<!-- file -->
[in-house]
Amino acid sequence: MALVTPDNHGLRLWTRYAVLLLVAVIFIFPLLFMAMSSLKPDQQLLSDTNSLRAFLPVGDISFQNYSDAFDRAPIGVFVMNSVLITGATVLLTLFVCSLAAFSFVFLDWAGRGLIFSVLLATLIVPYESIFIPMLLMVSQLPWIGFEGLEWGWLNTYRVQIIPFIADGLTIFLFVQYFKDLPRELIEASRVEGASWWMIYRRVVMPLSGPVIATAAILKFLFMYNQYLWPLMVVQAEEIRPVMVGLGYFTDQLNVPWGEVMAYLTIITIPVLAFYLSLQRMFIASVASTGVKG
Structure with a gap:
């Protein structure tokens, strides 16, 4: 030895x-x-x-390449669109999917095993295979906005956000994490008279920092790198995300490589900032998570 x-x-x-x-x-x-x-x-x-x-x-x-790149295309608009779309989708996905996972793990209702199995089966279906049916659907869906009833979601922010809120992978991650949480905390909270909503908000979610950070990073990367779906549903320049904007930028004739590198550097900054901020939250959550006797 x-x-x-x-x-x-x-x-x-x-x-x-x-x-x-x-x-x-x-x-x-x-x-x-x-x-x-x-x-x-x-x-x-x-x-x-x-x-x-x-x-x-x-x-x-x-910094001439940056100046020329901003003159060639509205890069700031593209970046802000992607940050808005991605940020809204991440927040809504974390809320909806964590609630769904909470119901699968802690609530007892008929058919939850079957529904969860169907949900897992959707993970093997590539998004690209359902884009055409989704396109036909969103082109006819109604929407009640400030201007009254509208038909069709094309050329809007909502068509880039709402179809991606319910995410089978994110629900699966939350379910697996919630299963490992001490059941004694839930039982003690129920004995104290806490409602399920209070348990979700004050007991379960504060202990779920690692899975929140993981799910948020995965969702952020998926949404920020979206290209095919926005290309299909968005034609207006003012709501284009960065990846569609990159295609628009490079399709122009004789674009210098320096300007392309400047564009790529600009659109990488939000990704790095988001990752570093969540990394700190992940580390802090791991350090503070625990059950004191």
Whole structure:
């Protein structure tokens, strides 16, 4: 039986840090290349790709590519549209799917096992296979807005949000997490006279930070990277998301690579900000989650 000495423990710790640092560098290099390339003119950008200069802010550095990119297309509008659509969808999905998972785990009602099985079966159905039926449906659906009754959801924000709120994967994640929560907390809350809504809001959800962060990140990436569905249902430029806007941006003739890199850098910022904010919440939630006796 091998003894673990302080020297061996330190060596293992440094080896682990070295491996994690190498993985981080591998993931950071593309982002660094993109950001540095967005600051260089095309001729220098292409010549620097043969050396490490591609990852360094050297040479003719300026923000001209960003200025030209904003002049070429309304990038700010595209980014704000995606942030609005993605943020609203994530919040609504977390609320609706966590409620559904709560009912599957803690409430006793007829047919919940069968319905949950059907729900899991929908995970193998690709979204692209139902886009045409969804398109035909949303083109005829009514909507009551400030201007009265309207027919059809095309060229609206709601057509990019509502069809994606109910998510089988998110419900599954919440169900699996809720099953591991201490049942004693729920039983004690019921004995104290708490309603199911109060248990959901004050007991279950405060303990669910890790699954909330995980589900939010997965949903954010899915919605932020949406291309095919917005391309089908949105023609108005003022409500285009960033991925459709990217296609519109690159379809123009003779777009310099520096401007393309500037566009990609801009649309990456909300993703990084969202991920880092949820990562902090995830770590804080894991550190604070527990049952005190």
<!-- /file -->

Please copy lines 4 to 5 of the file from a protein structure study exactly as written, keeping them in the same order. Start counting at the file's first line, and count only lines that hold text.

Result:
């Protein structure tokens, strides 16, 4: 030895x-x-x-390449669109999917095993295979906005956000994490008279920092790198995300490589900032998570 x-x-x-x-x-x-x-x-x-x-x-x-790149295309608009779309989708996905996972793990209702199995089966279906049916659907869906009833979601922010809120992978991650949480905390909270909503908000979610950070990073990367779906549903320049904007930028004739590198550097900054901020939250959550006797 x-x-x-x-x-x-x-x-x-x-x-x-x-x-x-x-x-x-x-x-x-x-x-x-x-x-x-x-x-x-x-x-x-x-x-x-x-x-x-x-x-x-x-x-x-x-910094001439940056100046020329901003003159060639509205890069700031593209970046802000992607940050808005991605940020809204991440927040809504974390809320909806964590609630769904909470119901699968802690609530007892008929058919939850079957529904969860169907949900897992959707993970093997590539998004690209359902884009055409989704396109036909969103082109006819109604929407009640400030201007009254509208038909069709094309050329809007909502068509880039709402179809991606319910995410089978994110629900699966939350379910697996919630299963490992001490059941004694839930039982003690129920004995104290806490409602399920209070348990979700004050007991379960504060202990779920690692899975929140993981799910948020995965969702952020998926949404920020979206290209095919926005290309299909968005034609207006003012709501284009960065990846569609990159295609628009490079399709122009004789674009210098320096300007392309400047564009790529600009659109990488939000990704790095988001990752570093969540990394700190992940580390802090791991350090503070625990059950004191």
Whole structure: